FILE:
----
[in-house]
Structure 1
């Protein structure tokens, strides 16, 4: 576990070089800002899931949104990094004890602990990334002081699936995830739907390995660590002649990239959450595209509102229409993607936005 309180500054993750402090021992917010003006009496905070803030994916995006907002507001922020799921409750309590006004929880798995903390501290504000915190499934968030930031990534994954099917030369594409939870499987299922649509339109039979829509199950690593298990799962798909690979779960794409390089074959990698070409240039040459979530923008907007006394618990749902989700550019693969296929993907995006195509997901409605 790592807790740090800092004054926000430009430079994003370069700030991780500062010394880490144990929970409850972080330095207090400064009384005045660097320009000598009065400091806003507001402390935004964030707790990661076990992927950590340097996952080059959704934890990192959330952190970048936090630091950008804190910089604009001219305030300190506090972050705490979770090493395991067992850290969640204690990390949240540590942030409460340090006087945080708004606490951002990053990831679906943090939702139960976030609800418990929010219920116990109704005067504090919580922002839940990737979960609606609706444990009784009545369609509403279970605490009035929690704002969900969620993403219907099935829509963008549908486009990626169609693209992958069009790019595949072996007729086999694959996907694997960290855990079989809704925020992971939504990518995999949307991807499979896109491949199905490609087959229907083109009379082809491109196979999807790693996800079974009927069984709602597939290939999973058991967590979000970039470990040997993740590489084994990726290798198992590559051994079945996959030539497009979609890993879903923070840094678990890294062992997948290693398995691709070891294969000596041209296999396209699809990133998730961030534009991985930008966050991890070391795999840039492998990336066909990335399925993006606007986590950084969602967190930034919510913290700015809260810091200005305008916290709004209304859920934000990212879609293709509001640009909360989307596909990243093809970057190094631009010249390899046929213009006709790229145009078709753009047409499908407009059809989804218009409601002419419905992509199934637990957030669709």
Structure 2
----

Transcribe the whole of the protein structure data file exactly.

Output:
[in-house]
Structure 1
């Protein structure tokens, strides 16, 4: 576990070089800002899931949104990094004890602990990334002081699936995830739907390995660590002649990239959450595209509102229409993607936005 309180500054993750402090021992917010003006009496905070803030994916995006907002507001922020799921409750309590006004929880798995903390501290504000915190499934968030930031990534994954099917030369594409939870499987299922649509339109039979829509199950690593298990799962798909690979779960794409390089074959990698070409240039040459979530923008907007006394618990749902989700550019693969296929993907995006195509997901409605 790592807790740090800092004054926000430009430079994003370069700030991780500062010394880490144990929970409850972080330095207090400064009384005045660097320009000598009065400091806003507001402390935004964030707790990661076990992927950590340097996952080059959704934890990192959330952190970048936090630091950008804190910089604009001219305030300190506090972050705490979770090493395991067992850290969640204690990390949240540590942030409460340090006087945080708004606490951002990053990831679906943090939702139960976030609800418990929010219920116990109704005067504090919580922002839940990737979960609606609706444990009784009545369609509403279970605490009035929690704002969900969620993403219907099935829509963008549908486009990626169609693209992958069009790019595949072996007729086999694959996907694997960290855990079989809704925020992971939504990518995999949307991807499979896109491949199905490609087959229907083109009379082809491109196979999807790693996800079974009927069984709602597939290939999973058991967590979000970039470990040997993740590489084994990726290798198992590559051994079945996959030539497009979609890993879903923070840094678990890294062992997948290693398995691709070891294969000596041209296999396209699809990133998730961030534009991985930008966050991890070391795999840039492998990336066909990335399925993006606007986590950084969602967190930034919510913290700015809260810091200005305008916290709004209304859920934000990212879609293709509001640009909360989307596909990243093809970057190094631009010249390899046929213009006709790229145009078709753009047409499908407009059809989804218009409601002419419905992509199934637990957030669709």
Structure 2